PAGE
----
The weather was halfway decent this afternoon, so I rode my bicycle to the chiro's and then all the way downtown to teach at the well-designed health club.
On the way up I stopped at H&M and Karyn's Fresh Corner, a raw vegan restaurant / cafe / grocery where a 12" pie goes for $80. I kid you not. The 10-incher is just $65.
(Of course it only thinks it's ten inches; it's actually just 5".
But the food is indeed addictive and the live bar, at $8.99 a pound, is a steal.
I continued north and decided to take Lincoln over to Southport so I could do some people-watching on the last leg of my journey. The street was desolate when I moved into the neighborhood in 1987 but is now crammed with bars and restaurants and cafes and boutiques.
To my surprise, the lights were out on the east side of Southport (north of Addison).
The "Open 24 Hours" CVS (formerly Osco) was dark and shuttered.
My first thought was, "There's your comeuppance, you money-grubbing carpetbaggers!"
My second thought was, "Let's go looting!."
But then I realized they didn't have anything I wanted.
Well, I would have not have refused some Ambien....
The upscale bakery was dark and shuttered.
So was the fair trade third-world shop.
And the sucky sushi place.
All of the fake English pubs that have spread like cancer in recent years were dark.
A small group of disheveled fiftysomething men stood outside of the Music Box Theater, scratching their heads and watching a young lad change the unlit marquee.
No David Lynch for them.
A crowd was dispersing in front of The Mercury Theatre, which is sort of like our off-suburb theater.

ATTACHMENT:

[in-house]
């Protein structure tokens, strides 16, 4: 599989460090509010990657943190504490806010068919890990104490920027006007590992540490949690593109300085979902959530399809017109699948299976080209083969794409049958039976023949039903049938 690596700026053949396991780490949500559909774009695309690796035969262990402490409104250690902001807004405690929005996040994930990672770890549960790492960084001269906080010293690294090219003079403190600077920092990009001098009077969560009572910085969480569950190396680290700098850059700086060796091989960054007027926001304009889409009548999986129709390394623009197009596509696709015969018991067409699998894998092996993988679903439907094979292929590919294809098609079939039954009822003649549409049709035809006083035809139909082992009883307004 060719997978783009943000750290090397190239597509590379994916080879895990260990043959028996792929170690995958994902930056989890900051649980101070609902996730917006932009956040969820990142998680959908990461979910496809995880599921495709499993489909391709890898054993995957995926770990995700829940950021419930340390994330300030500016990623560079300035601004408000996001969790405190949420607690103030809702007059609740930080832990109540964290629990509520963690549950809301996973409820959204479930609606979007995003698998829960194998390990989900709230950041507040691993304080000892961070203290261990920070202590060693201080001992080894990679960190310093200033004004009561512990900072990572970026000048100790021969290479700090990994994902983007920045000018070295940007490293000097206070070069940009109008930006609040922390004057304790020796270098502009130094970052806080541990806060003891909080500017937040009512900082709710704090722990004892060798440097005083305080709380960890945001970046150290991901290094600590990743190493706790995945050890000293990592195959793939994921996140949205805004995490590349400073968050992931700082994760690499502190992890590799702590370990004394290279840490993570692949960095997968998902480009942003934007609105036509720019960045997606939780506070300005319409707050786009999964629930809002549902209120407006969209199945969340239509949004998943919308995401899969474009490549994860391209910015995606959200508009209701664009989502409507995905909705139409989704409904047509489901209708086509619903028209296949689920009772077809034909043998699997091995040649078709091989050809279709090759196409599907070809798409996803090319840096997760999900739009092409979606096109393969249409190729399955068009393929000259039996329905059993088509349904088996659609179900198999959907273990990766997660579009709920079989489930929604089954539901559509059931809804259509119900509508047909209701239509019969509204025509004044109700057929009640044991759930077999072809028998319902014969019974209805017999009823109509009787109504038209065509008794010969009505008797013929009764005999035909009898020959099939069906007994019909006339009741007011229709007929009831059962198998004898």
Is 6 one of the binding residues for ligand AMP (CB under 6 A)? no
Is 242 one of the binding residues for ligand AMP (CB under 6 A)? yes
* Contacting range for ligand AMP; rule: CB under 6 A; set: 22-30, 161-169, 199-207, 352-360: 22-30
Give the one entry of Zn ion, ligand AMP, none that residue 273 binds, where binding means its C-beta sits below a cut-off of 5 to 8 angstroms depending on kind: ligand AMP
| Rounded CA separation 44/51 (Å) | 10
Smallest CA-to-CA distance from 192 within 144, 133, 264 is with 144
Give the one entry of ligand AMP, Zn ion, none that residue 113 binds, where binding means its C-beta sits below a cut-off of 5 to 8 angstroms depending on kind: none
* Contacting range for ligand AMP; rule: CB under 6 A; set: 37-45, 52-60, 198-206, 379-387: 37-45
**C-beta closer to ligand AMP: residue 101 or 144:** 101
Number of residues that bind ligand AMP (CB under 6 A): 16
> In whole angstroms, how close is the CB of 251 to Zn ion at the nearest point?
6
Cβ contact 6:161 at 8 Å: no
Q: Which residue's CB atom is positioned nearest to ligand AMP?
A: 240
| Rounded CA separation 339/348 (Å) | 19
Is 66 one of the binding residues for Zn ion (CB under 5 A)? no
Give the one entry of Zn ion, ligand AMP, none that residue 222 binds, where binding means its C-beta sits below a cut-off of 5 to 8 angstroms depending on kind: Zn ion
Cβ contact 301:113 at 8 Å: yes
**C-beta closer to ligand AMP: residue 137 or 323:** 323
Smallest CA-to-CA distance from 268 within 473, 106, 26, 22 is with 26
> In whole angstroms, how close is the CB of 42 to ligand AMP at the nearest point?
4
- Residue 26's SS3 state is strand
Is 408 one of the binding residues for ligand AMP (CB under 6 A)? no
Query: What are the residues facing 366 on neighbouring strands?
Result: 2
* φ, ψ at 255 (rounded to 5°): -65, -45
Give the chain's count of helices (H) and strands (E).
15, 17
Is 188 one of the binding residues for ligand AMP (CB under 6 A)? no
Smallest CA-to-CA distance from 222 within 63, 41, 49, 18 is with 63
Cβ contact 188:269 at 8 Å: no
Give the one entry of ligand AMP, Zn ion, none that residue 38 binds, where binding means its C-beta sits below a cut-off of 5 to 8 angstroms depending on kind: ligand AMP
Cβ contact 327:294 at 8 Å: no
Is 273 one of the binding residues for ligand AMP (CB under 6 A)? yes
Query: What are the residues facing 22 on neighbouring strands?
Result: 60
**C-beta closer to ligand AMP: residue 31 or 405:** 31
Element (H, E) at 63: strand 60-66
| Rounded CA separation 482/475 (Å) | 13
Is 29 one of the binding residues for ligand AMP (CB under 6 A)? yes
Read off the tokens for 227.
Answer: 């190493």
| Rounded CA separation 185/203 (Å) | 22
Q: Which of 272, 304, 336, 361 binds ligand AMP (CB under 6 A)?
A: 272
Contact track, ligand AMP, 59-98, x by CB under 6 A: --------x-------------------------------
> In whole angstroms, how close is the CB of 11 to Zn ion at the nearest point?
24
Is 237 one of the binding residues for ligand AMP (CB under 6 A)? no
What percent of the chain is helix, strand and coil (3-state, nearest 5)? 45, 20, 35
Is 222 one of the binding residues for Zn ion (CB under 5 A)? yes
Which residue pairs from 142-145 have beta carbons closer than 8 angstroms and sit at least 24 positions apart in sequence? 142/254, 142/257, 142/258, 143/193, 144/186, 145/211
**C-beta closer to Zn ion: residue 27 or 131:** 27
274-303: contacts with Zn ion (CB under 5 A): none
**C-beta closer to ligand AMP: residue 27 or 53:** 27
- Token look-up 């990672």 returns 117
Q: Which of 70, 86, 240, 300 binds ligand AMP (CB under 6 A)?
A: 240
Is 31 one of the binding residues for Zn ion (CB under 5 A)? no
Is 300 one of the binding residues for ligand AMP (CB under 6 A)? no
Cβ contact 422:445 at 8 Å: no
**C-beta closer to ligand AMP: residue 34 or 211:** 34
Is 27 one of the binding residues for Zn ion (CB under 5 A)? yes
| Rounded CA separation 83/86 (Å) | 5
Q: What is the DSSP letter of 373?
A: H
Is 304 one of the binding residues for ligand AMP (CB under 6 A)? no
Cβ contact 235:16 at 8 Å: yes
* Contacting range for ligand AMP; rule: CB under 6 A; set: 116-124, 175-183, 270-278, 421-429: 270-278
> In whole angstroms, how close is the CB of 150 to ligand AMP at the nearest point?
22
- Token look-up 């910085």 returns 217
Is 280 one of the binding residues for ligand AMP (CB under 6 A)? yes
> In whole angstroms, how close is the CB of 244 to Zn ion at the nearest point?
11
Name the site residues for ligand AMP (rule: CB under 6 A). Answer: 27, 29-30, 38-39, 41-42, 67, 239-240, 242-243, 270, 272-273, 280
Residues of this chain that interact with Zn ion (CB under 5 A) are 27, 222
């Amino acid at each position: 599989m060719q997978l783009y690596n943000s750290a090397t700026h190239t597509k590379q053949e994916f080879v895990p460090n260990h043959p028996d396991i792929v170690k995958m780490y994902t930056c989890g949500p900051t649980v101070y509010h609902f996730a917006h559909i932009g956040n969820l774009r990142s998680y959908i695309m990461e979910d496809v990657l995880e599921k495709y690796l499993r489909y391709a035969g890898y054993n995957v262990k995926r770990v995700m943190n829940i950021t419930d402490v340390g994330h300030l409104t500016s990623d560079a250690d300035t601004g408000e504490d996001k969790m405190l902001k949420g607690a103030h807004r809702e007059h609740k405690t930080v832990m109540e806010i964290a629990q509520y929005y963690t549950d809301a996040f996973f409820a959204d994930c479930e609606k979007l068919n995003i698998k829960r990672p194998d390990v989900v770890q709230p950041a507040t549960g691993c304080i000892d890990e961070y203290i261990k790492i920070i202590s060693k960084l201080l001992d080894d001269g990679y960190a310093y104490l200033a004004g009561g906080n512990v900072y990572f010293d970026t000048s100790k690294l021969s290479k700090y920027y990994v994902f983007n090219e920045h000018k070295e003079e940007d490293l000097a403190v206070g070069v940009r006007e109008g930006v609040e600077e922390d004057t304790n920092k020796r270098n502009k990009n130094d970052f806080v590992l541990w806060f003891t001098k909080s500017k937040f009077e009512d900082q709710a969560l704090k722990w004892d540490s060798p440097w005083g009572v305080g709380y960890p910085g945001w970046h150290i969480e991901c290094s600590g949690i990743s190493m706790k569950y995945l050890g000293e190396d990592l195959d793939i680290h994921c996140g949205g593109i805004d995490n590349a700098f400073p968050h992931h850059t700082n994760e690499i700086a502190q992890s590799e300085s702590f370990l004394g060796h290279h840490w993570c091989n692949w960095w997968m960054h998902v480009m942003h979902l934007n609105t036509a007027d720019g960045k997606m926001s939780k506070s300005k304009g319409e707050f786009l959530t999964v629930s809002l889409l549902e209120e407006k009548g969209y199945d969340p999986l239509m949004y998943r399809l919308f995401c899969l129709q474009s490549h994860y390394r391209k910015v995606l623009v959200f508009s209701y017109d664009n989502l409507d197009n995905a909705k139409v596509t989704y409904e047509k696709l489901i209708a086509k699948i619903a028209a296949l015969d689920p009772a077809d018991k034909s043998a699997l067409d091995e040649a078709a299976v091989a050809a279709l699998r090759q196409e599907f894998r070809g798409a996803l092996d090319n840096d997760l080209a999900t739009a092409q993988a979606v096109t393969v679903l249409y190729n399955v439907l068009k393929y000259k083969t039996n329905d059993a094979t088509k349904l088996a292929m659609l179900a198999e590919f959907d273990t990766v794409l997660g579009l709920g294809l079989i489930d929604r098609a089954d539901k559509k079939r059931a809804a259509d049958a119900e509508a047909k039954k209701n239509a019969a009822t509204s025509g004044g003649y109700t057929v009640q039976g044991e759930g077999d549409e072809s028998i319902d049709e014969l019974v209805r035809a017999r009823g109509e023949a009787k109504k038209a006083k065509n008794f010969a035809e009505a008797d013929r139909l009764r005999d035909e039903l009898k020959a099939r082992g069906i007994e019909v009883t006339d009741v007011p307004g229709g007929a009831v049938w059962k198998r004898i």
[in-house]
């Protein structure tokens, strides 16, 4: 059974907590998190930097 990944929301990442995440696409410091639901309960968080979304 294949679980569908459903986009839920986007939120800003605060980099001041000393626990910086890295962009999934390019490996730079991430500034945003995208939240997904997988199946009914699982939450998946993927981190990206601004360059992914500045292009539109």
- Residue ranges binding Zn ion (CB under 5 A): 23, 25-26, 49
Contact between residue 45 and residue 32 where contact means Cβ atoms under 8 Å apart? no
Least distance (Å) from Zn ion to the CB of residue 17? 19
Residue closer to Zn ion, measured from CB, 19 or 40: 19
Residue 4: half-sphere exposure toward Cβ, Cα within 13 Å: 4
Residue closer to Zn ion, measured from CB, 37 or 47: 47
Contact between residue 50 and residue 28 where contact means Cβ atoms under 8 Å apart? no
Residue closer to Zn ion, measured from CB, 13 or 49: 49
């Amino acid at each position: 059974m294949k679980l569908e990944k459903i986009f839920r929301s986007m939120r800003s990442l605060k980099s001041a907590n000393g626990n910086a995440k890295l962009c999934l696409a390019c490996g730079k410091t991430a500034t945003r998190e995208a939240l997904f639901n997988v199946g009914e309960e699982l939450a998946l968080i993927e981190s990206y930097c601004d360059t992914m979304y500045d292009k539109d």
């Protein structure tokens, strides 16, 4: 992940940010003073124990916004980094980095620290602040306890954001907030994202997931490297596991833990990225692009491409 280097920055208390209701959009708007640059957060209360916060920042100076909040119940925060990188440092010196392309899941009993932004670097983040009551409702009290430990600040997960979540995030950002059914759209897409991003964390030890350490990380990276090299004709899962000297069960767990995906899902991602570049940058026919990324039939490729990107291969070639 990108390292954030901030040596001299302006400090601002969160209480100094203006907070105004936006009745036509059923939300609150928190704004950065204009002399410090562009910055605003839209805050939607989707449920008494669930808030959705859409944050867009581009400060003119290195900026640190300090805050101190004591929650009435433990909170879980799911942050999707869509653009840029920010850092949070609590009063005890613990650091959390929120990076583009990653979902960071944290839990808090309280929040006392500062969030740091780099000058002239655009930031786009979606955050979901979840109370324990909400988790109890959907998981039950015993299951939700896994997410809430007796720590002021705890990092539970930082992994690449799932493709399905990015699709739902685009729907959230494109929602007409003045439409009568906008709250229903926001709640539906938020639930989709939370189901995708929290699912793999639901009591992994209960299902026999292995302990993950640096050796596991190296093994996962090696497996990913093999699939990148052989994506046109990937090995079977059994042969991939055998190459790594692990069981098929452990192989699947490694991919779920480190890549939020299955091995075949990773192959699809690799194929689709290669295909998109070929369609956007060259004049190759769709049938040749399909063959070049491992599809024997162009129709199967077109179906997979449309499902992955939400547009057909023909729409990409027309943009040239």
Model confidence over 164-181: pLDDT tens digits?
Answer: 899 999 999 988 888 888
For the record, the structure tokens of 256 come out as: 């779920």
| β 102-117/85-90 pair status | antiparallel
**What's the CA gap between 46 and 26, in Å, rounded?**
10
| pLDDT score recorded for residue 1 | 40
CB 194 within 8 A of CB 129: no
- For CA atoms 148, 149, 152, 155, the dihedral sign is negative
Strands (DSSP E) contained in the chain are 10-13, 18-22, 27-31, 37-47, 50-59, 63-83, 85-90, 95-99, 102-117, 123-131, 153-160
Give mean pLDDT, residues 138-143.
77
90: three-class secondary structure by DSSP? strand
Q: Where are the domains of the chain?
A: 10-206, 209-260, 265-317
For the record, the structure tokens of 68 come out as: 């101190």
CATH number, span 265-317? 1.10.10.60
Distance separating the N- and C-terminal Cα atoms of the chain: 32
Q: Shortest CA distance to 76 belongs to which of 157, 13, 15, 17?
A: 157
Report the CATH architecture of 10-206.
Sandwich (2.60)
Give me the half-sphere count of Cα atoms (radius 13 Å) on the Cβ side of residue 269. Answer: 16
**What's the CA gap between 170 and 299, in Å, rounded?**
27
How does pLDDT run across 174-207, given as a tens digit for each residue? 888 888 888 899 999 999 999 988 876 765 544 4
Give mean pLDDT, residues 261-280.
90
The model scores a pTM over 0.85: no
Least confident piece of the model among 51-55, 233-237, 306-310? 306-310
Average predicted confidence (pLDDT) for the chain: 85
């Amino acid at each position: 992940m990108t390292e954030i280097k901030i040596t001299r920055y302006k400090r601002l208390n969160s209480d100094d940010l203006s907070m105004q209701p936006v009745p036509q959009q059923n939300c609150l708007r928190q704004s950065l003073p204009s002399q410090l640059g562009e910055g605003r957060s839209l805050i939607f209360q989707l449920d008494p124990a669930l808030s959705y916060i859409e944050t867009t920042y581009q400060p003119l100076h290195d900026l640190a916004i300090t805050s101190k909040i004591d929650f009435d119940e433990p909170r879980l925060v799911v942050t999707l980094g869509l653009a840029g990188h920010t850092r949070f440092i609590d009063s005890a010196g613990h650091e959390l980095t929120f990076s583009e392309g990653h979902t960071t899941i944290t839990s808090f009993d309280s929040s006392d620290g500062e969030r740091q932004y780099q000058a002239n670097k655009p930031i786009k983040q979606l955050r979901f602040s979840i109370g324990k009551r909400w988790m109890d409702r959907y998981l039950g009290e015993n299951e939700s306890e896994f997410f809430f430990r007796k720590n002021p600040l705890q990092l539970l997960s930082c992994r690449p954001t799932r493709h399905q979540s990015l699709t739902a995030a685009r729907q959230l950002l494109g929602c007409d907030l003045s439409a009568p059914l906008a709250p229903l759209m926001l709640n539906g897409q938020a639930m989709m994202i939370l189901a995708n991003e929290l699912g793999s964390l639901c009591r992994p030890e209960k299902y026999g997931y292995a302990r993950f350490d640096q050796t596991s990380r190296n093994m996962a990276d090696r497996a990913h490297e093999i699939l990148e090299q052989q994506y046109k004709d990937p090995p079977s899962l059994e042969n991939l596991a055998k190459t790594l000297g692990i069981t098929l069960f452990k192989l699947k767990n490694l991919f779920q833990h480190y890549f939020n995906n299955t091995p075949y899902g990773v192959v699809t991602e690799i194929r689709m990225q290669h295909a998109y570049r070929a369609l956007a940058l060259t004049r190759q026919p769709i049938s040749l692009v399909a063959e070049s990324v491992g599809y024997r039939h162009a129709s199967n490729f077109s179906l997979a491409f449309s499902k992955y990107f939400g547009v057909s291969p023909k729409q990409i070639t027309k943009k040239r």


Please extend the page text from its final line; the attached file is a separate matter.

The dark marquee said, "The Buddy Holly Story."
"And we had a full house tonight!" one white-haired gent exclaimed to another.
Store after store, business after business -- everything on that side of the street was dark and shuttered.
The medoicre Thai restaurant was dark.
The Thai restarant that truly sucks was also pitch black.
But people stood outside of the Argentinian restaurant, talking in stacatto Spanish and smoking cigaretes and gesticulating.
It goes without saying that they were thin, handsome, and dressed in expensive black.
(I on the other hand was wearing a day-glo orange jacket, black helmet and magenta earmuffs -- which as far as I'm concerned *is* the new black).
I looked past the well-heeled group to see inside the restaurant.
It was lit by candles.
It was full of people.
They were still eating and drinking and talking and nodding emphatically.
They were still wearing their expensive black clothes.
They were still enjoying life without getting fat.
¿Power outage? ¿Qué power outage?
Unlike Americans, they knew how to deal with a crisis: Saquen los candles y uncork el vino tinto.
A mi me encantan a los Argentinos.
Not so much, however, their taste for dead cows.
Photo by Caca, taken while driving -- fast -- along Elston Avenue.